Whether it’s another hit HBO series, a friend telling their adventurous explorations in the land of sex, or one more song on the radio that sings the same old message – one-night stand, meaningless sex – it seems the idea of hookup culture is all too popular.
Though our culture and media have made hookup culture increasingly popular, not everyone is on board with the proposal that sex is empty and meaningless. Here are just a few reasons why.
The Heart Is Not in It
More than attention or temporary gratification, all humans do want the same thing. And no, it’s not cheap sex. It’s feeling wanted, and there’s nothing that will leave you feeling less wanted than a situation where a person doesn’t stick around.
All humans want to feel wanted. Not used and discarded.
No matter how many times we’d like to say we’re “just doing it for fun,” we can’t avoid the emotions designed into us. Several studies have found that men and women alike experience emotional damage and regret following hookups. One study states that 72% of college students surveyed regret at least one previous sexual experience. With our hearts on the line and plenty of emotional evidence to back up the facts, Gen Z is finding it easier than ever to put commitment first.
Commitment Is the New Aesthetic
There aren’t many – if any – romance films that romanticize hookups. And there’s definitely not one that shows purely uncommitted sex – it always becomes something more. Why? Because there’s no heart to it, no happy ending. There’s nothing to share on Instagram and nothing to make other people look over and go “Aww, look at those two. That’s what I want.” Shallow reasoning though it may be, we can’t help but want to show off the things that make us happy, and in the file under “hookups,” aesthetically pleasing simply isn’t found.
A New Stigma Arises
While hookup culture became increasingly popular among the feminists and sexual rights activists of the ‘70s and ‘90s, the patriarchal blame hasn’t quite disappeared. With sites like OnlyFans offering a financial outlet for women willing to share what they’d like with subscribers, it seems like sexual empowerment is right on the verge of success. But unfortunately, the demand for sexualizing women hasn’t disappeared, only been redirected.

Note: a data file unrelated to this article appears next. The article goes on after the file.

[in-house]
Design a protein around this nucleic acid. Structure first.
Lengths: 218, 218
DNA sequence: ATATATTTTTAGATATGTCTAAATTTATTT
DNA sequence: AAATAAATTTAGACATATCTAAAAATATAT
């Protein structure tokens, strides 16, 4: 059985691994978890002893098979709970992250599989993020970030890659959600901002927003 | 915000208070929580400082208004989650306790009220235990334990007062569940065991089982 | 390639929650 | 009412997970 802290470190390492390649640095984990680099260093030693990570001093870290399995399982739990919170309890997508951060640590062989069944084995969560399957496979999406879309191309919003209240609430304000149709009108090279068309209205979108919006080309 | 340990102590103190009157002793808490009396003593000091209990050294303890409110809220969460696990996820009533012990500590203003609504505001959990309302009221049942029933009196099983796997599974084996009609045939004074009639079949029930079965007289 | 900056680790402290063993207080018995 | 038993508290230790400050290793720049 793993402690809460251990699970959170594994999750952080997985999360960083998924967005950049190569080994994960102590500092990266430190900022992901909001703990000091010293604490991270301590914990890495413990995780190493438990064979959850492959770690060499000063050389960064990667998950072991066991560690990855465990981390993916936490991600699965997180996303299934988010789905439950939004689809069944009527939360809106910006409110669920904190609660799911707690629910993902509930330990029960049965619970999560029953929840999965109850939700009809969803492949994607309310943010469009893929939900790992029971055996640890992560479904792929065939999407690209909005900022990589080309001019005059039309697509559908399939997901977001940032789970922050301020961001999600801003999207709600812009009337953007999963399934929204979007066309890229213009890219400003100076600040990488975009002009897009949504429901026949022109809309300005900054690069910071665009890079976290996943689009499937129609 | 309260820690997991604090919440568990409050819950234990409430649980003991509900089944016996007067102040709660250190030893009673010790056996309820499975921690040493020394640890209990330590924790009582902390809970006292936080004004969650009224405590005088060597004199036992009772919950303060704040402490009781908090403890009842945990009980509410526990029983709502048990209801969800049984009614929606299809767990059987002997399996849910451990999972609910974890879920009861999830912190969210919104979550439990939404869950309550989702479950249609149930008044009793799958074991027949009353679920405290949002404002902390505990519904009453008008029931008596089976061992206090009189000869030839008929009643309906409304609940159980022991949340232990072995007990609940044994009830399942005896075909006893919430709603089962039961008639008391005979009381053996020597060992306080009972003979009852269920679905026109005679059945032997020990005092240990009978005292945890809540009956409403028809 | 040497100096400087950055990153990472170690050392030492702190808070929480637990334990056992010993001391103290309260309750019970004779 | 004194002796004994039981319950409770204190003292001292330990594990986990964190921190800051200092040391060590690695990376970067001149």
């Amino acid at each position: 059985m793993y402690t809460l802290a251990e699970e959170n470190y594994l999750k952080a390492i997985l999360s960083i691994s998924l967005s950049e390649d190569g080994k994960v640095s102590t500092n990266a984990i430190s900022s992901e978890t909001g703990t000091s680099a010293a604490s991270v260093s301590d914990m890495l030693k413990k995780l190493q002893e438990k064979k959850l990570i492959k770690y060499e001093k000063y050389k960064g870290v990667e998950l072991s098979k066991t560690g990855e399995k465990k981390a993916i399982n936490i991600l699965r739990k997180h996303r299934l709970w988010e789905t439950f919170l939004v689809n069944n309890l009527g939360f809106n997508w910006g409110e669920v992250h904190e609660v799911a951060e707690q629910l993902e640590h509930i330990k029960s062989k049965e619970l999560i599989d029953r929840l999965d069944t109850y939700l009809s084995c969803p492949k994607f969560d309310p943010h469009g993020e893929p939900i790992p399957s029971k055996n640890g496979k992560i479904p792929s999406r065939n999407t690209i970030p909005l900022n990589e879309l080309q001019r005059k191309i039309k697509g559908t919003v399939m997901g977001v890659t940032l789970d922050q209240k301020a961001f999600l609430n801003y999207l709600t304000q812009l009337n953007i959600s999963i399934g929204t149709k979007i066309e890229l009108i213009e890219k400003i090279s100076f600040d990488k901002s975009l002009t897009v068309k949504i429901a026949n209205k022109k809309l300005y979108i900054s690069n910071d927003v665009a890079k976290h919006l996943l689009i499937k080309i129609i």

Men’s desires have only become easier to satisfy as more women fall prey to hookup culture.
It’s impossible not to question the who behind this new sexual revolution. But with the likes of Tim Stokely (OnlyFans CEO) being deemed “the king of homemade porn,” it seems like men and their desires are still the driving force behind women’s sexuality and empowerment. Hookup culture is no different. While women have been raised to think they can now do what men can do, men’s desires have only become easier to satisfy as more women are likely to fall prey to the myths hookup culture promotes. A few of today’s feminists are seeing through this faulty loophole and aren’t falling for it.
The Truth Is Out There
One driving force in being discouraged from hookup culture and the negative effects it produces has been more accessible education on uncommitted sex. From Instagram slides to a massive number of articles ready for reading, there’s no shortage of information out there, and Gen Z is using it.
Television and film aren’t the only influencing elements for Gen Z. Plenty of us are looking in the right places for life advice, and now, more than ever, the information is out there, ready for us. Curiosity might kill the cat, but it also curbs interest in uncommitted sex. With more research about the negative physical and mental health effects of hooking up, Gen Z has been equipped with the facts when it comes to one-night stands.
But Mom, Everyone’s Doing It
Though the kids of Euphoria, Sex Education, and 13 Reasons Why make it out that everyone is doing the deed, the kids of real life know this isn’t the case. The FOMO we’re feeling is for those going strong, the ten-month anniversaries, and dinner with his parents. Those couples who are killing it? That’s what Gen Z wants. Commitment is the new cool. We might be the generation of instant gratification, but we’re also the generation that won’t settle for things that don’t make us happy.
We’re the generation that won’t settle for things that don’t make us happy
With the likes of Sophie Turner and Joe Jonas, Hailey and Justin Bieber, Avani Gregg and Anthony Reeves, young celebrities have made youthful commitment all the rage. Though jumping on board for a more traditional standard of young marriage might not yet be conventional, it’s definitely becoming a trend to dive in for the long haul.
Millennials’ Mark Made
If Gen Z hasn’t learned from our own mistakes, we’ve most certainly learned from the mistakes of those before us. The kids of the ‘90s and early 2000s were the first targets of hookup culture being normalized. Sure, out of wedlock and uncommitted sex were around before Millennials’ time, but at that point, it was still a taboo subject. Millennials were the first to have uncommitted sex not only normalized, but encouraged.
With this culture taking root, all of its lessons followed suit. Millennials’ experiences soon became tales passed on to their kids and the generation that followed them. What was considered cool in their youth quickly became life lessons that we’ve all heard a time or two. Gen Z has been given the privilege of learning from the experiences lived by those before us.
Hookup culture is old news. It’s a bright rebellion that’s burnt out, replaced by a generation that seeks love and acceptance in all places, including sex. We’re a new generation, one that’s grown up hearing all about how our decisions will impact our futures. Though the media wants to paint us a black and white picture of what our sex lives look like, we know better. We’re the generation with instant education, remember?
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